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Eirakukan:The oldest playhouse in the Kinki region

The leading area for soba in western Japan

In 1706, the Izushi Domain was transferred to the Sengoku clan, who were the lords
of present-day Ueda in Nagano Prefecture. With this, the techniques employed by
soba noodle artisans who arrived with the clan were added to soba-making
techniques originally handed down in the area, and Izushi soba was born. As time
passed, the soba noodles came to be served on small, white, Izushi ware plates, and
a style of eating several plates of noodles was established. With a set of five plates
as one serving, the soba comes with condiments such as egg, grated yam, green
onions, grated daikon, and wasabi, and dashi soup served in a sake flask. These
days, Izushi has about 50 different soba restaurants and is known as the leading area
for soba in western Japan. So that visitors may enjoy eating and comparing the soba
served in different restaurants, we recommend purchasing a set of reasonably-priced
Sara Soba Tour coupons, which allow you to eat at three restaurants of your choice.
Some shops also offer soba-making experiences, allowing you to enjoy the deeper
aspects of soba.

Izushi Castle ruins

Izushi ware:said to be the ultimate white
porcelain

Izushi-yaki, or Izushi ware, is a local ceramic style said to have started at the time
of the 11th emperor, Suinin, with the firing of plates and dishes required for daily
living. Izushi ware's present-day style is said to have emerged when a kiln for firing
unglazed earthenware was set up in 1784. The white of the porcelain is so pure that
Izushi ware came to be called the “ultimate white.” The painting on these wares is
delicate and characterized by somber colors, and Izushi ware is said to be the
porcelain of porcelains. Currently, there are four kilns that have shops. Some kilns
offer porcelain painting experiences, which we recommend as something that will
create wonderful memories of your trip.

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Izushi Castle ruins

Izushi Shuzo:A historical sake
brewery with mud walls

Built during the 1700s with mud walls, Izushi Shuzo has become a tourist attraction.
The brewery sells directly, and it is possible to taste products such as its famous
brand Sasazuru. Recommended for souvenirs.

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Izushi Castle ruins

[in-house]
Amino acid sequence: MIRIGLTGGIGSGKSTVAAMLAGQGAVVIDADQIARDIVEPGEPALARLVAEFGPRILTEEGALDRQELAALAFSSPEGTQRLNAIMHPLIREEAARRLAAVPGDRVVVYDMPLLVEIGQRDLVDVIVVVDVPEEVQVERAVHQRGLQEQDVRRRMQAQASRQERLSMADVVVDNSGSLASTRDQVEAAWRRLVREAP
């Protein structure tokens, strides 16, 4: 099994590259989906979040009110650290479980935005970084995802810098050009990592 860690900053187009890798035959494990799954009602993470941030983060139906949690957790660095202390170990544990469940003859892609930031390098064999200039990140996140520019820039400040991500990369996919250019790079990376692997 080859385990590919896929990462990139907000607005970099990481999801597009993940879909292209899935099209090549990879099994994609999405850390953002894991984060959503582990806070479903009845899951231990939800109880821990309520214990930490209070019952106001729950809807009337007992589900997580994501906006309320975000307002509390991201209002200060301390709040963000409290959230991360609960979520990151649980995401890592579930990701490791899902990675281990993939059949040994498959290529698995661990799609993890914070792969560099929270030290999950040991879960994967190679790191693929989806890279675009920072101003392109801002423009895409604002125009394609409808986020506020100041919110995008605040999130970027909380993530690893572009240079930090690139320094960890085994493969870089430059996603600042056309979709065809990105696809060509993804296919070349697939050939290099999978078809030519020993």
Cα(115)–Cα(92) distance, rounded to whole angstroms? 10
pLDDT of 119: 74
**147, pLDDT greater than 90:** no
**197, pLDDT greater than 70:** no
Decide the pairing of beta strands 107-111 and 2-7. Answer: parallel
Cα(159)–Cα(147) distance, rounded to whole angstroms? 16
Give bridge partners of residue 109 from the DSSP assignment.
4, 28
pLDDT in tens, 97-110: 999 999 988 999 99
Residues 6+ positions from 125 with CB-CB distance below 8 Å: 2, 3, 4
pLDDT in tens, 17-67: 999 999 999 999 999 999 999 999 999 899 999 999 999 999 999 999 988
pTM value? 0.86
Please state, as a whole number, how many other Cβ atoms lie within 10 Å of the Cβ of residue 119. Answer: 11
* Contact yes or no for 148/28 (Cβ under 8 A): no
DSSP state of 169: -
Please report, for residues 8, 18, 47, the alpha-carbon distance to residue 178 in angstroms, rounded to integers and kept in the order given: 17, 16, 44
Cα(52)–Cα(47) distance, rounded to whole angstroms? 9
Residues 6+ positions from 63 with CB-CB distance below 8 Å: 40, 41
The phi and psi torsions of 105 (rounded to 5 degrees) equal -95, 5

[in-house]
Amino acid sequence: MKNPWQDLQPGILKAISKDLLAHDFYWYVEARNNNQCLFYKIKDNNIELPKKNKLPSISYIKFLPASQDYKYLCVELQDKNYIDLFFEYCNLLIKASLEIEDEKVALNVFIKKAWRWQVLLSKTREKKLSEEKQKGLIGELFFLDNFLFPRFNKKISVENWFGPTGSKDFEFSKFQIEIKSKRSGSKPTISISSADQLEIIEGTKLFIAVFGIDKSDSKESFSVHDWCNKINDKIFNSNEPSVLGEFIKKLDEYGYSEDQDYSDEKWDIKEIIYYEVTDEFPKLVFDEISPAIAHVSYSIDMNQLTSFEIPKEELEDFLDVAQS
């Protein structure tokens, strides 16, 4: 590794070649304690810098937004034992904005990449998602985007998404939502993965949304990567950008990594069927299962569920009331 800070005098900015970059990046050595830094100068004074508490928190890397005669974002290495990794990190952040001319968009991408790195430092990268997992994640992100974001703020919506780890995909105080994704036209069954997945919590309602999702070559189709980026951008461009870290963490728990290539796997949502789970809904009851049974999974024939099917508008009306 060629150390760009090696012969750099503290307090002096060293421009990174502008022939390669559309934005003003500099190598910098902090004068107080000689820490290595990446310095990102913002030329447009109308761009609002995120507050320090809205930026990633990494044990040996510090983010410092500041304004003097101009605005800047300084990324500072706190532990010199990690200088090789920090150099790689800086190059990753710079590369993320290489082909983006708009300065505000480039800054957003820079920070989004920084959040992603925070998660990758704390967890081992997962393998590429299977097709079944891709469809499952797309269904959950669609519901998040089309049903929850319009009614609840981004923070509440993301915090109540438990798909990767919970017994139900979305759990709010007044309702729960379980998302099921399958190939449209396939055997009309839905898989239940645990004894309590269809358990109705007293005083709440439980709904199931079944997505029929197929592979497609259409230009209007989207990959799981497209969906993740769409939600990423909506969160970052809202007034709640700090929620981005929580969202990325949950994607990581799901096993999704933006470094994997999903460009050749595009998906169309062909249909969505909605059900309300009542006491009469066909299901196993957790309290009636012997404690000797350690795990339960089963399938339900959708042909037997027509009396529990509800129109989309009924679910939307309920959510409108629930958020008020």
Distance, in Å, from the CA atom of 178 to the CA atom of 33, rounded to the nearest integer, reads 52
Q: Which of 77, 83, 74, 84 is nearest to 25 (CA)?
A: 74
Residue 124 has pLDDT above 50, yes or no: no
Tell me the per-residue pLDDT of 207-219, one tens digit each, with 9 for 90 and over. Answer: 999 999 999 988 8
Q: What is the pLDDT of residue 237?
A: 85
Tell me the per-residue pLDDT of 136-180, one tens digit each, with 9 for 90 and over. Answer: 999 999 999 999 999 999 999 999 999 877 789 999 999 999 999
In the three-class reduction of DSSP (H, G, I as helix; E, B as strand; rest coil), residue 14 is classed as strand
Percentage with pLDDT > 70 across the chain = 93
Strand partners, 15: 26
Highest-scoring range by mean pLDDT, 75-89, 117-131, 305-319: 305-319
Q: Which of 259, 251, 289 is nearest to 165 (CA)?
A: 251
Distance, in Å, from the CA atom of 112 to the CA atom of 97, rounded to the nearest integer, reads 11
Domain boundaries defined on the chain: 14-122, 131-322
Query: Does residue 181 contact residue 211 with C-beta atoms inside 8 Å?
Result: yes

The many temples of the castle town

The castle towns of old Japan offered advantages such as defense, so many temples came to be
built in them. The formation of temple areas was also a frequent phenomenon. Izushi was no
exception, and still has an area known as “Teramachi”, meaning “Temple Town”. These
days, the temples are not all together in the one area, but there are many that are very
atmospheric, including Sukyo-ji Temple, which has historical connections with Takuan Soho.
We invite you to combine your soba tour with tour of Izushi’s temples.

ZEN EXPERIENCE
at famous Japanese pickles temple: Sukyoji < Coming Soon >

Stay

Nishidaya Inn: an accommodation
facility
built in a traditional
architectural style

The Nishidaya was built in a traditional Japanese style around 1930. Two stories tall
and with a tiled roof, this precious, large-scale town house has a total floor area of
about 200 square meters. The building was given a new life as an accommodation
facility and, because the building was not in use for a period of time, serves as a
sightseeing spot that lets future generations learn about traditional culture and
building techniques.

< An official web site of NISHIDAYA >
Nishidaya Inn: an accommodation facility built in a traditional architectural style

Location

About 40 minutes by car from Kinosaki Onsen, about 50 minutes by car from
Takeda Castle ruins, and about 1 hour by car from Amanohashidate. About 3 hours from Osaka, Kobe, and Kyoto. About 2 hours from Himeji.
In addition to the Nishinomaru parking lot, (a large parking lot with convenient access to the city), four other parking lots are also available.